This Aha moment turned into an Ahhhhhh moment when I finally exhaled.  And let God’s purpose be my purpose, even when that purpose is known only to Him.  My illness had brought me face to face with my God, but only after bringing me to the end of me.

 

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12 thoughts on “The End of Me”

  • 1
    Joanne Bodner on May 24, 2018 Reply

    Lori. Your blog is so helpful, and I look forward to it. I looked up a blog I started two years ago–you have inspired me to perhaps take it up again. I believe we can learn a lot from other people’s journeys–especially when they are expressed so eloquently as yours. Love the picture–which one is you? Brad?

    • 2
      Lori Ann Wood on May 24, 2018 Reply

      Joanne, I would love for you to do that! I think we could help each other in this process, and you have so much perspective to offer! (I am the little brown-haired girl on the left and Brad is the youngest one, one the right.)

      • 3
        Joanne Bodner on May 25, 2018 Reply

        I was almost sure that was Brad–he really hasn’t changed much 🙂 It’s a precious picture. All our prayers (Drew and mine) are with you and all of our hopes for healing and peace. You probably cannot know the number of people you touch through your words.

        • 4
          Lori Ann Wood on May 25, 2018 Reply

          Brad looks the same in my eyes! Thank you for the sweet words and mostly for the prayers. I continue to pray for you as well.

  • 5
    Martha on May 24, 2018 Reply

    Just awesome. You got this as do God. He will continue tohelp you prevail through this.

    • 6
      Lori Ann Wood on May 24, 2018 Reply

      Love you, Martha! I feel the support of so many and the hand of God working through this. Thank you for being such a caring, constant source of encouragement!

  • 7
    Dedra on May 24, 2018 Reply

    Lori, I keep reading your last line. “My illness brought me face to face with my God, but only after bringing me to the end of me.” I can relate to this after the passing of Blake. It goes along with something I had read and keep close to remind myself. “For God’s people, suffering is an opportunity to glorify God as we find that He is all we need.”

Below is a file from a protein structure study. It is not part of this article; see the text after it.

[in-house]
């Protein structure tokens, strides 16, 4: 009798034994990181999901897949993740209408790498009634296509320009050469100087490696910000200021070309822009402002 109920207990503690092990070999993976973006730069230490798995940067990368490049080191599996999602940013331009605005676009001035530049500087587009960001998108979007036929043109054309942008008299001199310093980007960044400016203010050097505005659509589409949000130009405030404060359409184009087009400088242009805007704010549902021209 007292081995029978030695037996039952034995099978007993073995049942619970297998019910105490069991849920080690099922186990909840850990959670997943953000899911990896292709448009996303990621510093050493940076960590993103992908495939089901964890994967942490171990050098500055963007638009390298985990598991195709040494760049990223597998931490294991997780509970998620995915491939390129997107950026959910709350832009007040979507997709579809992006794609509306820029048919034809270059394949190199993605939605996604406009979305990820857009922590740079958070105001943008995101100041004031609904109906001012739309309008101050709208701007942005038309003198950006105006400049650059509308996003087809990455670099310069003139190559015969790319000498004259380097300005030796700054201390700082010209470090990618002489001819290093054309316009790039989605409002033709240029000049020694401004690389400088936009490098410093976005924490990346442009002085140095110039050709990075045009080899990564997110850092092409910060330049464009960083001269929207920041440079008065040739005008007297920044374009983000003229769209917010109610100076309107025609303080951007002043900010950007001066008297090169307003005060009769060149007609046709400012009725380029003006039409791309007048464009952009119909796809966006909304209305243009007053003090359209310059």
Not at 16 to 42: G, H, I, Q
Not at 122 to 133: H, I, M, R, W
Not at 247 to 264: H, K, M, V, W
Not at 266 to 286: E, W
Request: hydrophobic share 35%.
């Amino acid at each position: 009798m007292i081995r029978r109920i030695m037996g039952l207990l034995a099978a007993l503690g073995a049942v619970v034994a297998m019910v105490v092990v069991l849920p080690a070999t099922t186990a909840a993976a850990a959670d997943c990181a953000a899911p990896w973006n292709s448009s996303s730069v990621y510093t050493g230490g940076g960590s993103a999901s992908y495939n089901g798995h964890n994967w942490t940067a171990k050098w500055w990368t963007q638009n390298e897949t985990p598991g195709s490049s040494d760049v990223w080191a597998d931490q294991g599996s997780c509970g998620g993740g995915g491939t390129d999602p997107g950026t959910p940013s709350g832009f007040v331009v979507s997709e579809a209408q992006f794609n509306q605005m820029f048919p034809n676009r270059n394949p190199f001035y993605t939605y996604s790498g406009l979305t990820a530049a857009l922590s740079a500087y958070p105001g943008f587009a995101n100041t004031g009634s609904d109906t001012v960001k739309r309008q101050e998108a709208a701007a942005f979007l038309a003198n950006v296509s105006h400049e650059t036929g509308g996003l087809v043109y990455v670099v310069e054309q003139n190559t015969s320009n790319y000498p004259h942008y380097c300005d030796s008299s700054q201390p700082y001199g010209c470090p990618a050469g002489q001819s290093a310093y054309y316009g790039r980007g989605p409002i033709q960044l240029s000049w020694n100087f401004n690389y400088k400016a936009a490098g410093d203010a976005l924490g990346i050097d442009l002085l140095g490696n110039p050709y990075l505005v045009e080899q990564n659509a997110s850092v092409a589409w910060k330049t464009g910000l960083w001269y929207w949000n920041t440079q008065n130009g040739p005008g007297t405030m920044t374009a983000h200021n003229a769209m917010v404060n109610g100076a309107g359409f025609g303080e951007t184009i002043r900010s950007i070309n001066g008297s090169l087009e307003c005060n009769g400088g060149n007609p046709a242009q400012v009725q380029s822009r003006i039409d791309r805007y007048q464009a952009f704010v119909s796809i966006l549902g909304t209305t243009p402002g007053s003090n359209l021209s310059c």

Thank you for sharing your life with us, and showing us how God works.

    • 8
      Lori Ann Wood on May 24, 2018 Reply

      You are a great example of glorifying God through suffering. Thank you for your kind words and steadfast support.

  • 9
    John on May 24, 2018 Reply

    Lori,
    You always make me think about childhood, and mine in particular in a fonder and funnier way. What does “jerk a knot in our tails,” mean to a little girl, I wonder? I can’t remember the funny things my parents said so it brings me joy to be able to hear some of yours. I love your outlook on life!

    • 10
      Lori Ann Wood on May 24, 2018 Reply

      Thank you for reading along, John. It is very encouraging to me!

  • 11
    Kimyla on May 24, 2018 Reply

    I totally get the aha moment!
    I’ve had ulcerative colitis for 13 years. Over those years, I have pleaded to God, begged, wrestled, promised …..all in the hope that HE would take this disease from me. Six years ago I read this scripture:
    James 1:2-4 “Consider it pure joy, my brothers and sisters whenever you face trials of many kinds, because you know that the testing of your faith produced perseverance. Let perseverance finish its work so that you may be mature and complete not lacking anything.”
    I’ve read that scripture a1000 times but never paid attention to the word, whenever! HE didn’t say if, he said when! HE didn’t say you’ll never struggle, hurt, or suffer from disease, etc. That day Instead of my constant why me, I said to myself, why not me? If this is what I need to become mature & complete then I will be as joyful as I possibly can. Granted, I am a constant work in progress & am beyond grateful that HE has not given up on me!! I am blessed by my disease because through it, I also found HIM & HE is so good to us!
    I mean, seriously, one huge blessing is the opportunity to spend my days with Adyson & trust me, she can bring joy to me even when I’m running to the restroom
    I love you & your failing heart!!! I know that may sound harsh, but it’s that ❤️
    of yours that’s touching all of ours

    • 12
      Lori Ann Wood on May 25, 2018 Reply

      I love this, Kim. Thank you so much for sharing it. You are such a jewel and an amazing blessing to me!